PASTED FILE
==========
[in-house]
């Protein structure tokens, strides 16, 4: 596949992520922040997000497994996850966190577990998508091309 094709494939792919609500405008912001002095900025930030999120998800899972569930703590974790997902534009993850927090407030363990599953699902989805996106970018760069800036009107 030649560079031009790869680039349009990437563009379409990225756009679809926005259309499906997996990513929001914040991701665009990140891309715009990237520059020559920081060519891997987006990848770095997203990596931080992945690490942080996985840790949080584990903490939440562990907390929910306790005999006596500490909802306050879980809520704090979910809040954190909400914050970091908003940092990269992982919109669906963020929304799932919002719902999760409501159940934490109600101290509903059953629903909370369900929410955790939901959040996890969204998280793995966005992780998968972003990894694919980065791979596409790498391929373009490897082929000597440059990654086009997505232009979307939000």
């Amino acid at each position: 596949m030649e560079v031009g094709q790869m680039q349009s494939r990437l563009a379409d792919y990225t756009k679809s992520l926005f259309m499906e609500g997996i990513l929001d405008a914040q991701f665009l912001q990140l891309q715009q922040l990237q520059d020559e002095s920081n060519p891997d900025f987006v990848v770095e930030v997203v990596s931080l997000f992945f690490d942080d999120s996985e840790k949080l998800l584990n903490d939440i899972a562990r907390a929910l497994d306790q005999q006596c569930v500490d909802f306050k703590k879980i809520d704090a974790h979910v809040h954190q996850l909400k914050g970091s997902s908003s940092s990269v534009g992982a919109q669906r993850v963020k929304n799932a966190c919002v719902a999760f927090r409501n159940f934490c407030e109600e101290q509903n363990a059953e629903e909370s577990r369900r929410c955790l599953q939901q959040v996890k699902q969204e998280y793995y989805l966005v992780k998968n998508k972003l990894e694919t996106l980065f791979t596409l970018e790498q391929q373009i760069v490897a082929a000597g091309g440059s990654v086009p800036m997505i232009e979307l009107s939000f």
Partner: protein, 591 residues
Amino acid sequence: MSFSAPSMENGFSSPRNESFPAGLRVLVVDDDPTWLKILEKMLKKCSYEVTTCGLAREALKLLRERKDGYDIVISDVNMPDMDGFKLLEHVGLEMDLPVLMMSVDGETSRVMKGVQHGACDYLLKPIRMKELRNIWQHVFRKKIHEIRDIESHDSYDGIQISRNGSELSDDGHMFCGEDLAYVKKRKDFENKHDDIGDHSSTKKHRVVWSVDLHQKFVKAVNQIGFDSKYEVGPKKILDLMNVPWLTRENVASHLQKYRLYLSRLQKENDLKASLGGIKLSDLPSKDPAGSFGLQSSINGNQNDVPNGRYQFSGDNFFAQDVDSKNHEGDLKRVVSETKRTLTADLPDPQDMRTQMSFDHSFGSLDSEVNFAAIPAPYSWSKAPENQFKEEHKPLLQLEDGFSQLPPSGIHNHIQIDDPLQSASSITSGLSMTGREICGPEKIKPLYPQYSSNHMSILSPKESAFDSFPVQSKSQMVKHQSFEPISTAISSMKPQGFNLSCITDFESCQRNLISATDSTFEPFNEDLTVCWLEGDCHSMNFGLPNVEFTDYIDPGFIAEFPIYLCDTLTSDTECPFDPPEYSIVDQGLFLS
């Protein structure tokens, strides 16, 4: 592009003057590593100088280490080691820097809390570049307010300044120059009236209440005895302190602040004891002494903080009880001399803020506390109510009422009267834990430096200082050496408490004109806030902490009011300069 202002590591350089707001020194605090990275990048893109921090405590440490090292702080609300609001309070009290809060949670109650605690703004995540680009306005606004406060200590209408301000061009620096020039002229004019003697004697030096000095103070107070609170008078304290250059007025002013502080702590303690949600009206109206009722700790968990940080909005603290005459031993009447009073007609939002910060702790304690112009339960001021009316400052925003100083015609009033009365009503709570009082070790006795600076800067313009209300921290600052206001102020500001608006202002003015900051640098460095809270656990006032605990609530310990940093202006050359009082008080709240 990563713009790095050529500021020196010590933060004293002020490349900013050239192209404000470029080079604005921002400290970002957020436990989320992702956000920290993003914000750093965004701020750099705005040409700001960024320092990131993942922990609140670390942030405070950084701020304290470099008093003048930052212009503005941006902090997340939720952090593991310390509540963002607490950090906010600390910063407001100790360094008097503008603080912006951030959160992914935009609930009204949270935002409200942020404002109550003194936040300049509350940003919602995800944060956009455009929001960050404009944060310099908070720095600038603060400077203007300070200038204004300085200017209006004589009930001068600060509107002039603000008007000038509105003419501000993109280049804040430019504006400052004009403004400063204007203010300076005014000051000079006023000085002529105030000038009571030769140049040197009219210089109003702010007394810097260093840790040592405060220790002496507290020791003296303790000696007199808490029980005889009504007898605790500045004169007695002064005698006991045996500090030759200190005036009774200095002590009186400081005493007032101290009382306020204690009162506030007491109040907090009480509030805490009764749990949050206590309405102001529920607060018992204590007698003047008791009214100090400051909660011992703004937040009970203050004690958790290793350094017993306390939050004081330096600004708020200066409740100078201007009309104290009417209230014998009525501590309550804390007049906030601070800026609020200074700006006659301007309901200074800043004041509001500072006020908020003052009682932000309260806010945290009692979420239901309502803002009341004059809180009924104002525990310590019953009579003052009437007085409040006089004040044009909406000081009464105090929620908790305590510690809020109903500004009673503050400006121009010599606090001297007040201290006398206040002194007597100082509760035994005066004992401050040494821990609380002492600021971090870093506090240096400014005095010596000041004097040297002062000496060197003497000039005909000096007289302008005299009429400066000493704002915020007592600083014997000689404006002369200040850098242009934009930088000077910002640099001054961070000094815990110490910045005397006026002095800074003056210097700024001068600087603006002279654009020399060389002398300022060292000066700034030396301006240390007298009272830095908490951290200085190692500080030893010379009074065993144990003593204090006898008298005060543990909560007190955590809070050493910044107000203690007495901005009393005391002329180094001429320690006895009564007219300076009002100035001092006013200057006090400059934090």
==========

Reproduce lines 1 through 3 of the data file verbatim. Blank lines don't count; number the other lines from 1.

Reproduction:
[in-house]
């Protein structure tokens, strides 16, 4: 596949992520922040997000497994996850966190577990998508091309 094709494939792919609500405008912001002095900025930030999120998800899972569930703590974790997902534009993850927090407030363990599953699902989805996106970018760069800036009107 030649560079031009790869680039349009990437563009379409990225756009679809926005259309499906997996990513929001914040991701665009990140891309715009990237520059020559920081060519891997987006990848770095997203990596931080992945690490942080996985840790949080584990903490939440562990907390929910306790005999006596500490909802306050879980809520704090979910809040954190909400914050970091908003940092990269992982919109669906963020929304799932919002719902999760409501159940934490109600101290509903059953629903909370369900929410955790939901959040996890969204998280793995966005992780998968972003990894694919980065791979596409790498391929373009490897082929000597440059990654086009997505232009979307939000």
């Amino acid at each position: 596949m030649e560079v031009g094709q790869m680039q349009s494939r990437l563009a379409d792919y990225t756009k679809s992520l926005f259309m499906e609500g997996i990513l929001d405008a914040q991701f665009l912001q990140l891309q715009q922040l990237q520059d020559e002095s920081n060519p891997d900025f987006v990848v770095e930030v997203v990596s931080l997000f992945f690490d942080d999120s996985e840790k949080l998800l584990n903490d939440i899972a562990r907390a929910l497994d306790q005999q006596c569930v500490d909802f306050k703590k879980i809520d704090a974790h979910v809040h954190q996850l909400k914050g970091s997902s908003s940092s990269v534009g992982a919109q669906r993850v963020k929304n799932a966190c919002v719902a999760f927090r409501n159940f934490c407030e109600e101290q509903n363990a059953e629903e909370s577990r369900r929410c955790l599953q939901q959040v996890k699902q969204e998280y793995y989805l966005v992780k998968n998508k972003l990894e694919t996106l980065f791979t596409l970018e790498q391929q373009i760069v490897a082929a000597g091309g440059s990654v086009p800036m997505i232009e979307l009107s939000f």